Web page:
Plateau government on Sunday organised a special thanksgiving service at the Government House Chapel, Jos, to mark Nigeria’s Democracy Day in the state.
In his sermon entitled: ‘The supremacy of God amidst COVID-19: lessons for Government’, the chaplain of the chapel, Rev. Fr. David Ajang, said there were no coincidences and accidents in God, but lessons could be learnt from situations.
He said the lessons learnt from the pandemic was that God must be worshiped because He is greater than all humans and their abilities, explaining that plans and knowledge could only work through God’s will.
The cleric said that the pandemic also exposed attributes of some religious leaders whose inciting comments made communities vulnerable to danger.
“Lessons learned from this pandemic is that there is need for government to rework its methodology to affect the lives of the ordinary man.
“We should reflect on this question on why people find it difficult to believe government,” he said.
Ajang said that there was need for government to strengthen its monitoring and evaluation mechanism to ensure that systems worked and failure of those responsible would attract punitive measures, as a deterrent to others.
He advised that alternative ways of handling issues should be exploited to reduce cost of governance and channel resources to other critical sectors which required prompt attention such as the health systems.
“COVID-19 has made us realise we can save cost of organising several meetings through using virtual platforms on the internet,” he said.
The cleric said the pandemic also showed the need for the world to embrace unity and humanity, saying COVID-19 which started in China affected the world.
In his speech, Gov. Simon Lalong appreciated the people of Plateau for the mandate they gave him to govern the state for five years.
He said his administration was premised on improving the quality of life of its people through its programmes and policies on peace, security, good governance, physical infrastructure and economic rebirth.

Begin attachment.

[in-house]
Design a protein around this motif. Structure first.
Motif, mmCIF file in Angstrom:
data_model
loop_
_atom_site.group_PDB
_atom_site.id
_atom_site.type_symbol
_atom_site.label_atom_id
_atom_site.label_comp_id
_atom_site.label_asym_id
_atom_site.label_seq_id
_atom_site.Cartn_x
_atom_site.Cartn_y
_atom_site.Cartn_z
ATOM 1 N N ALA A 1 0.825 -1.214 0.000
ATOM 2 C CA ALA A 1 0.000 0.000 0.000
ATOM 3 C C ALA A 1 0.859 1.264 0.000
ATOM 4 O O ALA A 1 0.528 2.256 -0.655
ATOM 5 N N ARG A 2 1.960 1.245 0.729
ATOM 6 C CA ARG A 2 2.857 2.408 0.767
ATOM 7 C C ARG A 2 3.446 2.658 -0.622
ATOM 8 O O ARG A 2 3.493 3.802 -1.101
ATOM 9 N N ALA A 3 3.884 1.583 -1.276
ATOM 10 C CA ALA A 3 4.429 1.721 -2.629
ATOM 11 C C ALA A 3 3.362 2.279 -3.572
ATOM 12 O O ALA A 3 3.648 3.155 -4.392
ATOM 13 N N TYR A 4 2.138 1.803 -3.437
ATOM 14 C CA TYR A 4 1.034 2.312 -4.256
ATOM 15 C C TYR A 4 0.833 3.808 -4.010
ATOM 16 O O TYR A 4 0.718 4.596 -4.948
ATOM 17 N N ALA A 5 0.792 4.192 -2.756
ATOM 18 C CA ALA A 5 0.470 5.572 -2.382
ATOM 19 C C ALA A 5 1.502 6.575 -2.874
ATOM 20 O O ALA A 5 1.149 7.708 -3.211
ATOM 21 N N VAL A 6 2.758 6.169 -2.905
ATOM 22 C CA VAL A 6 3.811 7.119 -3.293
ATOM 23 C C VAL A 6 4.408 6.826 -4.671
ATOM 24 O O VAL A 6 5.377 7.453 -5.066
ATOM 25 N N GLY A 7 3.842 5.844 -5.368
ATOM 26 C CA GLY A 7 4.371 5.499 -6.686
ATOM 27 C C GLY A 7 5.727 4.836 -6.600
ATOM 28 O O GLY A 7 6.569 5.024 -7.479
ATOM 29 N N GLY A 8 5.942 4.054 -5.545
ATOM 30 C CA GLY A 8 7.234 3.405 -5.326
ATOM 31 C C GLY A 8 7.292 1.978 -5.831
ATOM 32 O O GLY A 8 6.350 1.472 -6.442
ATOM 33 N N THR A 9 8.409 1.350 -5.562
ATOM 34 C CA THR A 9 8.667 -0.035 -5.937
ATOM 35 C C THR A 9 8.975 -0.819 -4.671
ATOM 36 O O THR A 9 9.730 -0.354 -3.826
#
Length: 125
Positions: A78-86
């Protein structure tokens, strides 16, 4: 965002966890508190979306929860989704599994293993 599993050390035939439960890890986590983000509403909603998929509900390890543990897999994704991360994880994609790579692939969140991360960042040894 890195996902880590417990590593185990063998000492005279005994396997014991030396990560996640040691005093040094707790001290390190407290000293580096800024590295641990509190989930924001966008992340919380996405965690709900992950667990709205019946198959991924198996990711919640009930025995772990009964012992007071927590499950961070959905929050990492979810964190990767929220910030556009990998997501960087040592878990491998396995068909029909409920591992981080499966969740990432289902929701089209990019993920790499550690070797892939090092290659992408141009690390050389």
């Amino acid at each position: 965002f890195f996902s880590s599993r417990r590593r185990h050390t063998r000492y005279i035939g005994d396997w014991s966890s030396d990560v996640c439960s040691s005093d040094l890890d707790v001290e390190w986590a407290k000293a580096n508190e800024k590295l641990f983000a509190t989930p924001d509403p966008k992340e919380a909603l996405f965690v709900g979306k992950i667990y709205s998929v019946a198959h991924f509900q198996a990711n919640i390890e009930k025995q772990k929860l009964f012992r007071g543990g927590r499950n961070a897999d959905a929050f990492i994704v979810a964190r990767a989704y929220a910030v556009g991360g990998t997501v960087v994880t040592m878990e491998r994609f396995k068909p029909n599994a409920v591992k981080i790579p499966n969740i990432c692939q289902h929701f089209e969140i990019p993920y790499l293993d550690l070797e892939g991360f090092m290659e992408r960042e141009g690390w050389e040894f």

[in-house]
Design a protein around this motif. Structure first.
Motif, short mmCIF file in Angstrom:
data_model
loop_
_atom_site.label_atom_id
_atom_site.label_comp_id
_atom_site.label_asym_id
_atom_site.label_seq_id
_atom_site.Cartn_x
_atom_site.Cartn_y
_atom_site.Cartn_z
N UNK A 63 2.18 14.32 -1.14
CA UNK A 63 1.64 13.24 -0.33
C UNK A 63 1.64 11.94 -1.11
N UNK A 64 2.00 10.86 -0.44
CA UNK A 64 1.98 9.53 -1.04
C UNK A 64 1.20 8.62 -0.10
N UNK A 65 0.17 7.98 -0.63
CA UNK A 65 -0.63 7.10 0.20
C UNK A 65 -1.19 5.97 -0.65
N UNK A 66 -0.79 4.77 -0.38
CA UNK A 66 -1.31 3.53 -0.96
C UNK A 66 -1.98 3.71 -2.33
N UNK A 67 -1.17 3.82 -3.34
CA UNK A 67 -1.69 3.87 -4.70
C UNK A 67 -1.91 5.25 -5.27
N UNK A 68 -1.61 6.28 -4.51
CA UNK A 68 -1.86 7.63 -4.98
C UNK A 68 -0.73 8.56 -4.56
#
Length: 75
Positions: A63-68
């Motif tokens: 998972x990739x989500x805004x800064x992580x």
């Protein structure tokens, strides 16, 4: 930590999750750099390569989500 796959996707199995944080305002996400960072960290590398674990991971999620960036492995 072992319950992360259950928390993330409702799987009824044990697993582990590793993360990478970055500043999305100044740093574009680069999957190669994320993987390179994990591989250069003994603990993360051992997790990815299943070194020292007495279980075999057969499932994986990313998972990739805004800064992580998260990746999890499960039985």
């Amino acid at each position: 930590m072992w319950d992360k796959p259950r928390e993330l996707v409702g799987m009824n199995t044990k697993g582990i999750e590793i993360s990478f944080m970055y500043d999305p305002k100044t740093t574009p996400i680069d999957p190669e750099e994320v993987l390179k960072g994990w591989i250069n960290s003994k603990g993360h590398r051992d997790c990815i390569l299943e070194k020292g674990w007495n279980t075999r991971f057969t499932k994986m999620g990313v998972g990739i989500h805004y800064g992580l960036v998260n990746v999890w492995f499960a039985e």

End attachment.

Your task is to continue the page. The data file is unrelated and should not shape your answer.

Lalong said the thanksgiving service was to appreciate God for restoring peace in Plateau, in spite its numerous challenges.
He expressed confidence that with more security agencies deployed in the hinterlands banditry, kidnapping and cultism among other crimes would be addressed.
“We are determined to do our best in providing purposeful leadership that inspires confidence, supports peaceful coexistence, delivers basic services and infrastructure to our people.
“We are determined to as well as leave lasting legacies for generations yet to come,” he said.
The governor appealed to Plateau people to strive for peace and stability above personal, religious and political sentiments.
“We have to build a society that promotes freedom, justice, tolerance and reconciliation,” he added.
He said that Democracy Day, celebrated on June 12, should be a period for reflection, on charting ways and synergy among stakeholders to overcome poverty, religious fanaticism, ethnic bigotry, and corruption among others.
According to the governor, such issues are major threats to democracy and national cohesion.
He urged Plateau people to pray for God’s intervention in the ongoing pandemic, while adhering to preventive measures against the disease.
News Agency of Nigeria (NAN), reports that intercession prayers were also conducted for the governor, his executive, the legislature and other officials for wisdom in discharging their duties diligently.